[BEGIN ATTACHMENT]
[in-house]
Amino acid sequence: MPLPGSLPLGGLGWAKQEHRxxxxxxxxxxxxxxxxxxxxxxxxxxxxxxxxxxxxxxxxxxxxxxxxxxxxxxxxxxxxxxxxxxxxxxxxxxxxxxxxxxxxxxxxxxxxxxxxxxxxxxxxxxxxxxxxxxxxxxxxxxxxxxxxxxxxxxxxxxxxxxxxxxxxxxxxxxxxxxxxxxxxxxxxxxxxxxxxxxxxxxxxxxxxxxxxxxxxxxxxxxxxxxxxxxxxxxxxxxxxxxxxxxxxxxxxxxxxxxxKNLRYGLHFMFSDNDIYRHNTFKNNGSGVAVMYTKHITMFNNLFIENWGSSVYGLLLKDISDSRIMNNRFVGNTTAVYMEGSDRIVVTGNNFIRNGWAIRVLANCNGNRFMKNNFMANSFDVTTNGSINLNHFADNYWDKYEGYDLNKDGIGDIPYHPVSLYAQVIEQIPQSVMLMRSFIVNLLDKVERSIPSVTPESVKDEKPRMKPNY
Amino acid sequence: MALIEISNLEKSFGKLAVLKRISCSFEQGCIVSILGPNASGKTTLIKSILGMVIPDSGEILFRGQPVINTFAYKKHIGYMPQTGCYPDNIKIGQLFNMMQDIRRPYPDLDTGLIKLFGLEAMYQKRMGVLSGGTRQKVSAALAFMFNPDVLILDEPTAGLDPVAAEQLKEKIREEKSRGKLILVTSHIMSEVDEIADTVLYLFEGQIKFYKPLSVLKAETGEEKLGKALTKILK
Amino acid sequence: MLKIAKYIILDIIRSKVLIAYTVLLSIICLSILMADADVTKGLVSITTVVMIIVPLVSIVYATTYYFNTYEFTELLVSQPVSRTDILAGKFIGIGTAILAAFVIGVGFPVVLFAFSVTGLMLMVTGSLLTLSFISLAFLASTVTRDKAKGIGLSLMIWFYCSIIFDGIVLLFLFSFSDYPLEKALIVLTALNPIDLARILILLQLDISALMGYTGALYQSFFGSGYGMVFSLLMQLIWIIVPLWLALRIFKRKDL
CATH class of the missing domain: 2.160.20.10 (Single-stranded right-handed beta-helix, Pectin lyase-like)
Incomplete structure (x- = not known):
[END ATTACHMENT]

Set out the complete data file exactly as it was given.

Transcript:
[in-house]
Amino acid sequence: MPLPGSLPLGGLGWAKQEHRxxxxxxxxxxxxxxxxxxxxxxxxxxxxxxxxxxxxxxxxxxxxxxxxxxxxxxxxxxxxxxxxxxxxxxxxxxxxxxxxxxxxxxxxxxxxxxxxxxxxxxxxxxxxxxxxxxxxxxxxxxxxxxxxxxxxxxxxxxxxxxxxxxxxxxxxxxxxxxxxxxxxxxxxxxxxxxxxxxxxxxxxxxxxxxxxxxxxxxxxxxxxxxxxxxxxxxxxxxxxxxxxxxxxxxxxxxxxxxxKNLRYGLHFMFSDNDIYRHNTFKNNGSGVAVMYTKHITMFNNLFIENWGSSVYGLLLKDISDSRIMNNRFVGNTTAVYMEGSDRIVVTGNNFIRNGWAIRVLANCNGNRFMKNNFMANSFDVTTNGSINLNHFADNYWDKYEGYDLNKDGIGDIPYHPVSLYAQVIEQIPQSVMLMRSFIVNLLDKVERSIPSVTPESVKDEKPRMKPNY
Amino acid sequence: MALIEISNLEKSFGKLAVLKRISCSFEQGCIVSILGPNASGKTTLIKSILGMVIPDSGEILFRGQPVINTFAYKKHIGYMPQTGCYPDNIKIGQLFNMMQDIRRPYPDLDTGLIKLFGLEAMYQKRMGVLSGGTRQKVSAALAFMFNPDVLILDEPTAGLDPVAAEQLKEKIREEKSRGKLILVTSHIMSEVDEIADTVLYLFEGQIKFYKPLSVLKAETGEEKLGKALTKILK
Amino acid sequence: MLKIAKYIILDIIRSKVLIAYTVLLSIICLSILMADADVTKGLVSITTVVMIIVPLVSIVYATTYYFNTYEFTELLVSQPVSRTDILAGKFIGIGTAILAAFVIGVGFPVVLFAFSVTGLMLMVTGSLLTLSFISLAFLASTVTRDKAKGIGLSLMIWFYCSIIFDGIVLLFLFSFSDYPLEKALIVLTALNPIDLARILILLQLDISALMGYTGALYQSFFGSGYGMVFSLLMQLIWIIVPLWLALRIFKRKDL
CATH class of the missing domain: 2.160.20.10 (Single-stranded right-handed beta-helix, Pectin lyase-like)
Incomplete structure (x- = not known):